Beta Disclaimer! Please note that we are currently in our beta test phase and we are updating the site on a regular basis.

Keeping in Touch Days- Split and Kit Days


Share :

Keeping in Touch Days

Keeping in Touch Days (KIT days) are days that a new parent can use to keep in touch with the workplace without affecting the entitlement to pay, before returning to work from maternity,  adoption or additional paternity leave. You can have up to 10 KIT days.  These can be used either to undertake work or, for instance, to attend meetings, team events or training. Your employer has no right to insist that you work any KIT days, and you have no right to insist on working any either.


Shared Parental Leave in Touch Days

Shared Parental Leave In Touch days (SPLIT days) are used by partners taking Shared Parental Leave (SPL) and are basically the same as KIT days. You and your employer can make reasonable contact from time to time without bringing SPL to an end by virtue of Regulation 37 of the Shared Parental Leave Regulations 2014.  Under Regulations 37(1)-37(2), you and your partner each have the right to 20 SPLIT days during SPL. These can be used either to undertake work or, for instance, to attend meetings, team events or training (Regulation 37(4)). Your employer has no right to insist that you work any SPLIT days, and you have no right to insist on working any either.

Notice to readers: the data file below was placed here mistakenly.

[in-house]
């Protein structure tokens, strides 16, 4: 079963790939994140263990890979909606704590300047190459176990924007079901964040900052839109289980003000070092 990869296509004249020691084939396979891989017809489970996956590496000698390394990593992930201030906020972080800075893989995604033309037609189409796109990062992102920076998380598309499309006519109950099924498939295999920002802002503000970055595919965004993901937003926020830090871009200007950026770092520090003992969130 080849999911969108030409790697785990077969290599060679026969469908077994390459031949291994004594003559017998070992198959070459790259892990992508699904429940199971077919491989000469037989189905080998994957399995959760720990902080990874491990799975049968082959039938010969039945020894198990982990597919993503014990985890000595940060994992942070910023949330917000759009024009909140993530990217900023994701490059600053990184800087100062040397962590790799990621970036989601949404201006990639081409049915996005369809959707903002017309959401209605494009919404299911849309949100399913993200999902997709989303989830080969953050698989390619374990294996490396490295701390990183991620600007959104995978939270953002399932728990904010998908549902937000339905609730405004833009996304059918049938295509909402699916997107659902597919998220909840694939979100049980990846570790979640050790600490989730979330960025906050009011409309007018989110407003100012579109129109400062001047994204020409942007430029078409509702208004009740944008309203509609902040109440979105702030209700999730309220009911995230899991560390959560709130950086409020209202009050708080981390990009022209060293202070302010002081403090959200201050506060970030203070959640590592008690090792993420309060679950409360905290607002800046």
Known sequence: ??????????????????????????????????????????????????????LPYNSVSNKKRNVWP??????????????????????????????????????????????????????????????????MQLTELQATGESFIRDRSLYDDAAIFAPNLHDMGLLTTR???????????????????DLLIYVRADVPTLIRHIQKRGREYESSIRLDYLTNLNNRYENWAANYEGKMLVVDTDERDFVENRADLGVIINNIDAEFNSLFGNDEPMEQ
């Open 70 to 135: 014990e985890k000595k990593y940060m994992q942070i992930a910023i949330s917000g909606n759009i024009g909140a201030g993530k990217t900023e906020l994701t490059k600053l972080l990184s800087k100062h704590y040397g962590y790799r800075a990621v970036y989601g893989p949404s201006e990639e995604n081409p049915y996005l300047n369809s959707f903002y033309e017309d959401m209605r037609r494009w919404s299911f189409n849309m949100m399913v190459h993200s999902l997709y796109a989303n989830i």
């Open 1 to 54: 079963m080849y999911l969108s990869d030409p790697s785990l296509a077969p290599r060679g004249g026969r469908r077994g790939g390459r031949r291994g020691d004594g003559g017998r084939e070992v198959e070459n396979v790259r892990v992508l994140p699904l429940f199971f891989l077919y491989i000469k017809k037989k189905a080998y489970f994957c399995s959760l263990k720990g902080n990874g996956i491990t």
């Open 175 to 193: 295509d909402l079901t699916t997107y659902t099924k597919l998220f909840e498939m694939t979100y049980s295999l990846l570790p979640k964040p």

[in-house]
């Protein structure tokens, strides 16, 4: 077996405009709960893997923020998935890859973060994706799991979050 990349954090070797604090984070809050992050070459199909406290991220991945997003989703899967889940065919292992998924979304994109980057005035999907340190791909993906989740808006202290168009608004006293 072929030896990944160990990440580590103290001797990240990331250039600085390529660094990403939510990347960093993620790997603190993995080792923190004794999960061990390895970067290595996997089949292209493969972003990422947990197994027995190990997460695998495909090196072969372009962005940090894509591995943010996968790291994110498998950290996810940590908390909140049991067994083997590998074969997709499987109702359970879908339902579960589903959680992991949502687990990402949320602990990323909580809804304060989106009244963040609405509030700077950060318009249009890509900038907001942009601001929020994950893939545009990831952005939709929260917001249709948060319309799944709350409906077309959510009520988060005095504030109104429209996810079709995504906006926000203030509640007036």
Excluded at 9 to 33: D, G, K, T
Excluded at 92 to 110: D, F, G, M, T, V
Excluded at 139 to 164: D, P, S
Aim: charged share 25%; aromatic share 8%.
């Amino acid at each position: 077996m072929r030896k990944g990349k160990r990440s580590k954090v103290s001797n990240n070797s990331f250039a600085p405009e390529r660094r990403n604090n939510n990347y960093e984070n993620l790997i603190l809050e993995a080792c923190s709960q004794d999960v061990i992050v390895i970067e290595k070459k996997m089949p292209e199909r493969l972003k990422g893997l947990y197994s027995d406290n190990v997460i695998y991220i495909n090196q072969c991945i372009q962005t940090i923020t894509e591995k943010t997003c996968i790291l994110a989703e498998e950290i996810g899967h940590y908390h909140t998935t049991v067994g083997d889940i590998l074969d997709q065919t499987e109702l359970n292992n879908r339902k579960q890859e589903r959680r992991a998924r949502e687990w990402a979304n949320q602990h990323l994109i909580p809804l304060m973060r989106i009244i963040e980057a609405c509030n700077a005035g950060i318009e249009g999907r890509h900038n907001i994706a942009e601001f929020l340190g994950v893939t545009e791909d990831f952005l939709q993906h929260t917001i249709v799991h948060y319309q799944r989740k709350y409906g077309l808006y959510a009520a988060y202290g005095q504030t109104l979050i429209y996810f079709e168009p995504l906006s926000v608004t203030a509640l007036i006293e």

You and your partner have up to 20 keeping-in-touch (KIT) days each, which can be taken as single days or in blocks of days. This is in addition to the 10 keeping-in-touch days available to the mother or primary adopter during maternity leave or adoption leave.

Contact between you and your employer to discuss your return to work, or any other reasonable contact between you from time to time, does not qualify as a SPLIT day – Regulation 37(5) 


Payment for Split Days

The legislation does not say anything about being paid for working a SPLIT day, but the BIS Technical Guide says;

  • SPLIT days allows work to be done under the employee’s contract of employment, therefore the employee is entitled to be paid for that work
  • the rate of pay is a matter for agreement with the employer, and may be as set out in the employment contract or as agreed on a case-by-case basis
  • the rate will at the very least need to meet national minimum wage obligations (see National minimum wage)

Any amount of work done on a SPLIT day counts as one SPLIT day, so even if you go in for two hours it counts as one SPLIT day – Reg 37(3)

You are protected against being subjected to a detriment for reasons related to SPLIT days, and also from unfair dismissal because of shared parental leave. Regulations 42 and 43

Last Updated: [11/09/2021]